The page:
Oral history interview with AA Bronson, 2017 March 3, 5, and 6
Archives of American Art
This is a transcribed interview with AA Bronson, a curator, installation artist, performance artist and publisher born in 1946. The interview was conducted by Theodore Kerr in March of 2017 in the artist’s studio in Berlin. The conversation is peppered with interjections, corrections and additions by Bronson’s partner, Mark Jan Krayenhoff van de Leur. It was conducted for the Archives of American Art's Visual Arts and the AIDS Epidemic: An Oral History Project.
The conversation between Bronson and Kerr begins with biographical, chronological information where he speaks on the similarities between his mother’s experiences with war in London and the AIDS epidemic in New York City in the late 80’s early 90’s. AA recalls his earliest memories, maps his geographical moves as a child, throughout Canada and notes how it was then that his love for nature blossoms. He communicates an early sense of collaboration in a specialized eight grade class. This notion of collaboration runs rampant throughout the entirety of the interview and throughout his artistic practice. Bronson speaks on his love for books and modernism, how this led to his studying of architecture. He states that he considered the decision of being an artist as a selfish decision, whereas architecture was laden with opportunities for a larger social impact. AA then leaves university, following his interests in alternative forms of education, and starting a commune in Winnipeg.
They map the beginning of General Idea in Toronto,describing that what they were doing
was yet to be named, but could now be regarded as social practice. Bronson recounts how the members of the collective were working and living in Toronto and New York city, working odd jobs. They communicated with one another though fax, sending work between members.
Bronson speaks on how the artists were caregivers for their friends dying of AIDS. AA notes that the states were still very much in a hushed state regarding HIV and AIDS, and how there was conflict with the American activist scene, who were younger than General Idea, and who accused them of being opportunistic regarding their involvement and political statement regarding AIDS and HIV. Given that the group was living in New York without papers, they had limited involvement with local activism such as ACT UP.
Kerr and Bronson discuss General Idea’s tremendous interest in networking, and social practice, which was later to be regarded within the framework of queer theory. In 1986, all members of General Idea moved to New York. Around this time the artist reinvented himself as AA Broson. Bronson says that he became AA as a bolder version of himself; as a bigger persona, bold, exuding confidence. He explains the divide between the two personas: Michael Tims and AA Bronson’s, as public and private, shamelessness and shamefulness. Later, Bronson relays the circumstances of the deaths of Felix and Jorge, and his emotional and physical state throughout and after their deaths. Bronson speaks on the negotiations of the managing of the estate, as executive, and as artist and collaborator. The artist speaks to how healing became an important factor in his practice,and how he began doing work as a healer after receiving certification and completing many workshops, which led to his healer persona fusing with his artist persona. Bronson discusses how the internet makes space for creating friendships and artistic relationships, mentorships and how collaboration remains integral to his art making practice, before, during, and after General Idea. The interview concludes with the inclusion of a work in progress entitled: A Public Apology to the Siksika Nation Where Bronson intends to address his great grandfathers’ hand in the first residential school east of Calgary. Bronson hopes that the apology will take the form of a performance on the reservation, with a publication to accompany it, in collaboration with the artist Adrian Stimson.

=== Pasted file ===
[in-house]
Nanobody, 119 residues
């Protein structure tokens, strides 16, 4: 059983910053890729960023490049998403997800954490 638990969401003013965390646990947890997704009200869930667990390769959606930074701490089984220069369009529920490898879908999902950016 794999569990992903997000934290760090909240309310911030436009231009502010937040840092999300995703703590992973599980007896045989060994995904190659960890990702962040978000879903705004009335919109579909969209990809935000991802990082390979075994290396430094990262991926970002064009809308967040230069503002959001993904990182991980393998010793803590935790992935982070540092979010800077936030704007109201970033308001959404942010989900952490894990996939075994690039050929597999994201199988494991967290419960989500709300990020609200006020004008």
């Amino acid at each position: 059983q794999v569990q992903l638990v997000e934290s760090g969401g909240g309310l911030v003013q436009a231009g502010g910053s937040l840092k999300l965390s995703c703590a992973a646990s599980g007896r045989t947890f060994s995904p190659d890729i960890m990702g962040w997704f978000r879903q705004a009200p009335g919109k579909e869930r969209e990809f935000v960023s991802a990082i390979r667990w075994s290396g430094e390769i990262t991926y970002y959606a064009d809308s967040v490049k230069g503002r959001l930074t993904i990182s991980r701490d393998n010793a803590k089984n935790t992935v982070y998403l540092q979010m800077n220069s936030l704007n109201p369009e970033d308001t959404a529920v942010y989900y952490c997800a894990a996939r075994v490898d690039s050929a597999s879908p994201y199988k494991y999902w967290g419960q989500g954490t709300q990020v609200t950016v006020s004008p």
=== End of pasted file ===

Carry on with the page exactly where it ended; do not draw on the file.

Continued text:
ITEM 2017.006 – available for viewing in the Research Centre
Videos, Artworks and Artists Cited
Frank Lloyd Wright
Roberto Burle Marx
Gilbert & George
File magazine – John Armleder
God Is My Gigolo – Ray Johnson
Club Canasta – General Idea
Miss General Idea Pageant – General Idea
The Miss General Idea Pavilion – General Idea
Shut The Fuck Up – General Idea
LOVE – General Idea
Nazi Milk – General Idea
Lena [Cries] – General Idea
Lana [Cries] – Marlene McCarty
Negative Thoughts – Joan Jonas
One Year and One Day of AZT – Ydessa Hendeles
Tent for Healing – John Greyson
Death Portrait – General Idea
"Untitled (for General Ideal)" – Barr Gilmore
Reconstructing Futures – AA Bronson
Showcard Series – AA Bronson
Test Tube – Kara Walker
The Gorilla Girls
Work Will Set You Free – AA Bronson
Queer Spirits – David Wojnarowicz
Gay Goth – AA Bronson
Paul P. and Joel Gibb
White Flags – Keith Boadwee
Fire in [My] Belly – Adrian Hermanides
A Public Apology to the Siksika Nation – Ebe Oke
David Michael Wojnarowicz